The *-fdsp*--I don't know for sure what the *f* stands for, but the *dsp* stands for *disk signature preserve*.  Probably do not have to use that switch when creating the image file, but definitely need it when doing a restore of an image file (if using Ghost 2003 with Win7 that requires use of the -fdsp switch, I would probably use it every time I start Ghost just to be sure)--Ghost 2003's default behavior is to erase the disk signature when restoring a *whole disk* image to a HDD (the disk signature is not erased if you are just restoring a partition to the disk).  The Ghost people added that as a safety measure so folks could not clone a system disk (disk to disk, or image to disk) on a system where both HDDs would still be connected upon next re-boot to Windows.  Because Windows now *remembers* drive letter assignments in the registry which persists from one boot to the next, if two HDDs are on the system that have *identical* disk signatures--basically all hell breaks loose, and it's any body's guess what drive letters are assigned to what HDD--actually probably depends on which drive is seen as the first physical HDD.  But the results are not pretty.  Most people can not recover unless they have a current image file so they can restore that to the main HDD, and start over.

Quote:
how I'd like to modify the current CD...
copy files to hdd... modify for "device" instead of "hdd id number"... burn with Nero back to new CD...


NightOwl wrote on Sep 18th, 2013 at 9:32am:
So, have you taken the *special* steps to prevent Win7 from doing its default installation that creates the special boot partition (the SRP) in addition to the OS partition.

And, if you wish to use Ghost 2003 without using special settings (switches), one needs to *generalize* the boot files so the boot process does not look for a specific HDD ID number, but instead just looks for the boot *device*.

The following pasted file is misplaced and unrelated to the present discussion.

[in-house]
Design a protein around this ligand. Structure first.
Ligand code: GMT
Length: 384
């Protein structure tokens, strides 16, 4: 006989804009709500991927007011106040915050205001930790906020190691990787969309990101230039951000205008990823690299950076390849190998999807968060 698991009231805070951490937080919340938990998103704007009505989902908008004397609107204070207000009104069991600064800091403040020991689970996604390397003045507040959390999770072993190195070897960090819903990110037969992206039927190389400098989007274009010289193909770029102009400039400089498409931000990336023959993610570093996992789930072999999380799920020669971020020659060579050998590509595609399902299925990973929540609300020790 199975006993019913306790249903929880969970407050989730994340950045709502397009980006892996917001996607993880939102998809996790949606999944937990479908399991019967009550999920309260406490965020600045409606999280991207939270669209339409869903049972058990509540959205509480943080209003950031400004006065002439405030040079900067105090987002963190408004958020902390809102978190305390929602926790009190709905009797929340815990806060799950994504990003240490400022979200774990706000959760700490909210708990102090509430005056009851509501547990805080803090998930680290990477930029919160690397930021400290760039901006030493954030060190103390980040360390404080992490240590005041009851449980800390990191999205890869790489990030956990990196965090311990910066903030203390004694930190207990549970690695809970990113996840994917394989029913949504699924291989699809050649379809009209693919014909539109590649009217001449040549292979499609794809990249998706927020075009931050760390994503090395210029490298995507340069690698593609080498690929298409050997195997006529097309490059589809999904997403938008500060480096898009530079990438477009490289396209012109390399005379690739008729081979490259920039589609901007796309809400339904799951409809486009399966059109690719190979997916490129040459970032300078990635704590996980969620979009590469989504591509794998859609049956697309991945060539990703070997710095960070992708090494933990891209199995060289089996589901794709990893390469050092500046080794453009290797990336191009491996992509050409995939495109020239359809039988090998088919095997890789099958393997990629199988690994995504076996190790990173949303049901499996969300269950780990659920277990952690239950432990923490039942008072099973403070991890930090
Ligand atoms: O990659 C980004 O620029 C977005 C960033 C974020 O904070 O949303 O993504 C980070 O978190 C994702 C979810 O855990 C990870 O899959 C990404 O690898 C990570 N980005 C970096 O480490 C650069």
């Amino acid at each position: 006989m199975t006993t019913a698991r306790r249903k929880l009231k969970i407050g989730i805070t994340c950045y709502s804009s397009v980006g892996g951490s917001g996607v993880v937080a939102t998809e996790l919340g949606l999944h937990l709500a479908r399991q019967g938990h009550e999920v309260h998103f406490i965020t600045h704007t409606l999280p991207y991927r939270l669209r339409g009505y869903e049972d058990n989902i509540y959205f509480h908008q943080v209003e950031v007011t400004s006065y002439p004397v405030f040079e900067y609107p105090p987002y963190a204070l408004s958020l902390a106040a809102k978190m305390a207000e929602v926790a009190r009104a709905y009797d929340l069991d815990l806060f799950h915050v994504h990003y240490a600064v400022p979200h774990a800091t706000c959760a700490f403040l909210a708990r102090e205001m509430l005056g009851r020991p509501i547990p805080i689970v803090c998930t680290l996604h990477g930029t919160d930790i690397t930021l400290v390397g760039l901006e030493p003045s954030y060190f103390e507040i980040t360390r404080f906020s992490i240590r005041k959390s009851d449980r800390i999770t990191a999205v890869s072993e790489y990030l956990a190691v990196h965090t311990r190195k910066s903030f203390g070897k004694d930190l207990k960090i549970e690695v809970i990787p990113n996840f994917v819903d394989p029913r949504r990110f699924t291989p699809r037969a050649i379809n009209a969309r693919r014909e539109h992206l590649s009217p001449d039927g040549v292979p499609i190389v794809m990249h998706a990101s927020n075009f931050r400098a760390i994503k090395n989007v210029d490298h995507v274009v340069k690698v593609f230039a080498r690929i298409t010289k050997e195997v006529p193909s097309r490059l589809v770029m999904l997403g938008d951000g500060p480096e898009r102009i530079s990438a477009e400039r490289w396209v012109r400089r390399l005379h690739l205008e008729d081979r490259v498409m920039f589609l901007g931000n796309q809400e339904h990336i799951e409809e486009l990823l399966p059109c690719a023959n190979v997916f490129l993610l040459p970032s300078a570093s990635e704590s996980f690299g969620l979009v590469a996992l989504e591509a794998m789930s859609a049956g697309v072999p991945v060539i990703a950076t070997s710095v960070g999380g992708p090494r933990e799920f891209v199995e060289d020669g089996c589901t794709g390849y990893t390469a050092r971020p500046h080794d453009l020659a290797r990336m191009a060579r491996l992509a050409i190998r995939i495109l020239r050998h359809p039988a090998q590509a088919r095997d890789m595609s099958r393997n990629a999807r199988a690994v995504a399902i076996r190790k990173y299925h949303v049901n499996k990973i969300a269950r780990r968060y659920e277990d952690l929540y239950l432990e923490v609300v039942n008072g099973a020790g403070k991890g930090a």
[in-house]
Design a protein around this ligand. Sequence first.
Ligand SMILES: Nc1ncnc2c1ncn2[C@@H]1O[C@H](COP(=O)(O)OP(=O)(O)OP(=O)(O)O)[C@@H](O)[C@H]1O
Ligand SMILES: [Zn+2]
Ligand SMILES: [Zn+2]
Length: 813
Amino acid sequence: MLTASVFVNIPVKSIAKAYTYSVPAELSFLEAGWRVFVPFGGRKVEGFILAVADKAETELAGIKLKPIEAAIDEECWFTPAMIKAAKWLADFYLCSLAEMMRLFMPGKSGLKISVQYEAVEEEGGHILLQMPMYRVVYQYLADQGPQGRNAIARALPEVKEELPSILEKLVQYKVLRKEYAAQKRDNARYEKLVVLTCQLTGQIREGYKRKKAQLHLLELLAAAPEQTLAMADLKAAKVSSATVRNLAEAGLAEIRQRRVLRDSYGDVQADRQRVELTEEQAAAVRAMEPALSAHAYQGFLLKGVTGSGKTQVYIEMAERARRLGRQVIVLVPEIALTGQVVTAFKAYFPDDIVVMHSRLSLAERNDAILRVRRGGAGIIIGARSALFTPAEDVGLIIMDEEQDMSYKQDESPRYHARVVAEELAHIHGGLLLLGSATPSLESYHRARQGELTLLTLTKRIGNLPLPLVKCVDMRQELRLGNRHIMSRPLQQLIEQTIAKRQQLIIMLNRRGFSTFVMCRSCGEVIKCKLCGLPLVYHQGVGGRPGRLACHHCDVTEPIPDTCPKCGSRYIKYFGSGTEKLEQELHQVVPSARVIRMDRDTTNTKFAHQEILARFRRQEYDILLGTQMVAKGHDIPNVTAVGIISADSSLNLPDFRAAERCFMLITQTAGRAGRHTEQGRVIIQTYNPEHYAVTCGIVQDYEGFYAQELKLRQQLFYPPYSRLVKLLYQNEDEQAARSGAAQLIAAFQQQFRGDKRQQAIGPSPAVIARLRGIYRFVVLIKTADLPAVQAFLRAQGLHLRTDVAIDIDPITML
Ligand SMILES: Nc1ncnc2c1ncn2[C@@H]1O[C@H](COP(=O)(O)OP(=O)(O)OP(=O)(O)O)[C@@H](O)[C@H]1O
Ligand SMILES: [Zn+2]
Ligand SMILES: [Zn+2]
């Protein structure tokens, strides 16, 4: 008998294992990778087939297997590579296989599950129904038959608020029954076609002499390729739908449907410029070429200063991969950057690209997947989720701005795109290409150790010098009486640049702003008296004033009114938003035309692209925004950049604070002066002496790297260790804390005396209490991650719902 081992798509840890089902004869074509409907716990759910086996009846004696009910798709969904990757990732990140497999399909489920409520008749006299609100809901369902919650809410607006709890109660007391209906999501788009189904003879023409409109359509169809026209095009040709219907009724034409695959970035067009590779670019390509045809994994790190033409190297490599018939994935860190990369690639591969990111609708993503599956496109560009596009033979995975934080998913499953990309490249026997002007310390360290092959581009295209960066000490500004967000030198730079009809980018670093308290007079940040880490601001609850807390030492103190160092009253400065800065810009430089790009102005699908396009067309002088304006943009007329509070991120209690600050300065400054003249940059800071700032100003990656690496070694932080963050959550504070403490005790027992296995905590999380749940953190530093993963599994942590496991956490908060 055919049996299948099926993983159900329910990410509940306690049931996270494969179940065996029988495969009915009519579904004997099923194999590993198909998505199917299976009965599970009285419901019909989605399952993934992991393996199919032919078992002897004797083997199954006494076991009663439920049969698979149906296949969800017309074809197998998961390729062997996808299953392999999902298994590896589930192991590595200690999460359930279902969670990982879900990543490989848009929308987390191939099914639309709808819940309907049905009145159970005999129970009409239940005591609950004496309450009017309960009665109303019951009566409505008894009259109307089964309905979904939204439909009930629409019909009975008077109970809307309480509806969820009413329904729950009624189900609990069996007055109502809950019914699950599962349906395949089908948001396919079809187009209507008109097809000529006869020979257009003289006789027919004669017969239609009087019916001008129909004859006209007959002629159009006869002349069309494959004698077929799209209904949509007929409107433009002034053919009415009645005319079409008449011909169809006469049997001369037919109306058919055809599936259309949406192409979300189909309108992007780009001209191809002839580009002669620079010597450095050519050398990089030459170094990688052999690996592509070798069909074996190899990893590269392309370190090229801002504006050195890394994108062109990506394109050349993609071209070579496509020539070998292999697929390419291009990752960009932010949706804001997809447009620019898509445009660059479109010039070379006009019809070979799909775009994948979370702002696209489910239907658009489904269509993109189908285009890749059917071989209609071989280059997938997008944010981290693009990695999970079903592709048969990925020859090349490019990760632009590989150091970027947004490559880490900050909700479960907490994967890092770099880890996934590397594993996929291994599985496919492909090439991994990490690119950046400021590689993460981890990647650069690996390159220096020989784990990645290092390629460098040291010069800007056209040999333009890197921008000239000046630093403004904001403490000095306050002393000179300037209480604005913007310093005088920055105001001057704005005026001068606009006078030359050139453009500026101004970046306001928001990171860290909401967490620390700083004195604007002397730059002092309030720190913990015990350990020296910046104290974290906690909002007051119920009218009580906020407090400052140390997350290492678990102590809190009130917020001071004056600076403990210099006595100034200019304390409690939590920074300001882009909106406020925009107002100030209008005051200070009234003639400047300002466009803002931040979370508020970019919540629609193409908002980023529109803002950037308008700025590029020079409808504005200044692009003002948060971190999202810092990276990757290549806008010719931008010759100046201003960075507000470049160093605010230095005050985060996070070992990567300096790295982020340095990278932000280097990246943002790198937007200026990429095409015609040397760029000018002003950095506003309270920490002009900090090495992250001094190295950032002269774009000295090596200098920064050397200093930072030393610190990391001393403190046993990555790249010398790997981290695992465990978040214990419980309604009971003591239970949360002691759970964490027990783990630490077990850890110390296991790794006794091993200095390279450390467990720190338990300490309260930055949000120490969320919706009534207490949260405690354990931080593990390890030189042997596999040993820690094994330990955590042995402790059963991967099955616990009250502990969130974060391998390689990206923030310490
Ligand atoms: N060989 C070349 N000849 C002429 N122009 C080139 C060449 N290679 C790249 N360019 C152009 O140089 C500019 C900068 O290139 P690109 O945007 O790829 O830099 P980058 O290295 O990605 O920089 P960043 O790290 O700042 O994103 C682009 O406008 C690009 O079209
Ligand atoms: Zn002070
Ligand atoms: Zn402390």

Are we talking about an existing Win7 installation?  Does it have the special boot partition, the SRP (System Reserve Partition)?

The files that need to be modified are the Win7 boot files--not any of the Ghost 2003 files.  Once you *generalize* the Win7 boot files, then you would no longer have to worry about using the *-fdsp* switch.

If the SRP exists, then the whole system is dependent on the SRP for booting properly--so Ghost imaging requires that both the SRP and the OS partition be backed up in case of HDD failure.  And both have to be restored for successful booting.

In my previous post, there are references as to how to install Win7 so as to avoid having an SRP created.  Or, you can remove the SRP and modify the Win7 installation so all the boot files are placed in the Win7 OS partition.  This make creating and restoring Ghost 2003 image files easier--you no longer have to worry about backing up and restoring both the SRP and the OS partitions.  It's now like using Ghost 2003 on a WinXP system!

Quote:
if so, I need the "dummy" step by step to do this...

We can get into the details once we know what your starting point is. 
 

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roxe
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Re: Ghost for Win 7
Reply #6 - Sep 19th, 2013 at 11:46am
 
NightOwl...

My W7Pro is already installed on ONE partition - on an extra hdd for my toshiba satellite laptop - and the drivers have been updated.
(done before starting this thread)

My CD starts the ghost program automatically... all I have to do is click yes/no on the first screen... and then I'm in...

So, where are the W7Pro boot files... and then... how do I "generalize" it / them???  (step by step, please)

BTW, thanks SO MUCH for giving me all the reading assignments... increases my knowledge base so I can use the proper words in proper sequences... and understand the words I read... and don't come across as a total dummy and/or stupid  Grin